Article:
Read it on Philosophy Now. Fascinating! 

 

Is the Hard Problem of Consciousness Connected to the Hard Problem in Physics? | Nautil.us

Is the Hard Problem of Consciousness Connected to the Hard Problem in Physics?

A great overview of an idealist hypothesis by Hedda Hassel Mørch. Consciousness and deep understanding of physics face the same challenges.

Here are excerpts. Read the article on Nautil.us.

“Where does consciousness—in this most general sense—come from? Modern science has given us good reason to believe that our consciousness is rooted in the physics and chemistry of the brain, as opposed to anything immaterial or transcendental. In order to get a conscious system, all we need is physical matter. Put it together in the right way, as in the brain, and consciousness will appear. But how and why can consciousness result merely from putting together non-conscious matter in certain complex ways?”

“[…] the deep nature of consciousness appears to lie beyond scientific reach. We take it for granted, however, that physics can in principle tell us everything there is to know about the nature of physical matter. Physics tells us that matter is made of particles and fields, which have properties such as mass, charge, and spin. Physics may not yet have discovered all the fundamental properties of matter, but it is getting closer.”

“Yet there is reason to believe that there must be more to matter than what physics tells us. Broadly speaking, physics tells us what fundamental particles do or how they relate to other things, but nothing about how they are in themselves, independently of other things.”

“This suggests that consciousness—of some primitive and rudimentary form—is the hardware that the software described by physics runs on. The physical world can be conceived of as a structure of conscious experiences. “

“This view, that consciousness constitutes the intrinsic aspect of physical reality, goes by many different names, but one of the most descriptive is “dual-aspect monism.” Monism contrasts with dualism, the view that consciousness and matter are fundamentally different substances or kinds of stuff. Dualism is widely regarded as scientifically implausible, because science shows no evidence of any non-physical forces that influence the brain.”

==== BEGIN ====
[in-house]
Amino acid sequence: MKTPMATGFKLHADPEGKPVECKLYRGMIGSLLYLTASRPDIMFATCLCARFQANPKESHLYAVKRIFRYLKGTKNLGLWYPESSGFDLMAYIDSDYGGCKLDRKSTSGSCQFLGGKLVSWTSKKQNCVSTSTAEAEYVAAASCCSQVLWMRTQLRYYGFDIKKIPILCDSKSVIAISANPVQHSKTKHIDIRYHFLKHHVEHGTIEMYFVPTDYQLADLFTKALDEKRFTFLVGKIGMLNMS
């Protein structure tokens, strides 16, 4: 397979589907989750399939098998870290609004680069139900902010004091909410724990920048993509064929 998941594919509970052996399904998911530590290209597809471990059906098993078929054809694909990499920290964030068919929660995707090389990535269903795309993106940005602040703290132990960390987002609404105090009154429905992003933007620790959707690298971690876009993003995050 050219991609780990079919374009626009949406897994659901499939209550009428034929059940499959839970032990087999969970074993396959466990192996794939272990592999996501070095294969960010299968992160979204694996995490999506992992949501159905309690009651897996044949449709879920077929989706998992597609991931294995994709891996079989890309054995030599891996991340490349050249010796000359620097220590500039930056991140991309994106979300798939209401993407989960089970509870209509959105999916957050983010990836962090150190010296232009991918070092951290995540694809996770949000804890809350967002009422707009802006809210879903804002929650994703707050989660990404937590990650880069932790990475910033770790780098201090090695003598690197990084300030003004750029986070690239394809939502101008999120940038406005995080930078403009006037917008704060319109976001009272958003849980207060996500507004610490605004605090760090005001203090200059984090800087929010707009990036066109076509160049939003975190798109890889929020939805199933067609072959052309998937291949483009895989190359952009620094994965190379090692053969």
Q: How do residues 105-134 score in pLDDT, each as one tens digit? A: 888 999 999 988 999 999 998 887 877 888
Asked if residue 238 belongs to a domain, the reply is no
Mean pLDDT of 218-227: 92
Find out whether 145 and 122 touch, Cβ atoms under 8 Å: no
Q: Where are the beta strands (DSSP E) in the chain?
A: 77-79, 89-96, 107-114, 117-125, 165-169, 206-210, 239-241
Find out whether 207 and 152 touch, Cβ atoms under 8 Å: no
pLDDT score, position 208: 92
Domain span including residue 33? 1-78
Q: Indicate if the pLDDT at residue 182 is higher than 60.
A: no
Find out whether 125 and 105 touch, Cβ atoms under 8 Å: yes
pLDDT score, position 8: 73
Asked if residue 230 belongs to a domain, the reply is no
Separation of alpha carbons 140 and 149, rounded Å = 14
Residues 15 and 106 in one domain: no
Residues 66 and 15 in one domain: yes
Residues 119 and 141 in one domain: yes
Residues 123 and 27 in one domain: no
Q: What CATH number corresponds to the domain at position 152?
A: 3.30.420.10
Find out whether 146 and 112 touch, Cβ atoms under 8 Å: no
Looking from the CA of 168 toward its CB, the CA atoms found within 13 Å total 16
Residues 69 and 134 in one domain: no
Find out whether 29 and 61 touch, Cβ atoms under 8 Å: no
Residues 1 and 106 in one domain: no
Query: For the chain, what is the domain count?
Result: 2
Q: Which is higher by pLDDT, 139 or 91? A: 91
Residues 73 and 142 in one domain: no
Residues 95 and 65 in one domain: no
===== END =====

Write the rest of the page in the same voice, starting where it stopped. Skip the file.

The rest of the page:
“The possibility that consciousness is the real concrete stuff of reality, the fundamental hardware that implements the software of our physical theories, is a radical idea. It completely inverts our ordinary picture of reality in a way that can be difficult to fully grasp. But it may solve two of the hardest problems in science and philosophy at once?

For another take on radical idealism you might also want to read Bernardo Kastrup’s rigorous papers and books on the subject here.

Doomed Boeing Jets Lacked 2 Safety Features That Company Sold Only as Extras – The New York Times

Doomed Boeing Jets Lacked 2 Safety Features That Company Sold Only as Extras – The New York Times

For Boeing safety costs extra! Note that both crashes and hundreds of deaths could have been prevented by an optional software feature costing NOTHING to produce! The fact it was an option indicated it was known there could be a lapse.

This is not just American Capitalism at its finest! What has happened to ethics in leadership? It is amoral. There should be a criminal investigation.

“As the pilots of the doomed Boeing jets in Ethiopia and Indonesia fought to control their planes, they lacked two notable safety features in their cockpits.

One reason: Boeing charged extra for them.

Now, in the wake of the two deadly crashes involving the same jet model, Boeing will make one of those safety features standard as part of a fix to get the planes in the air again.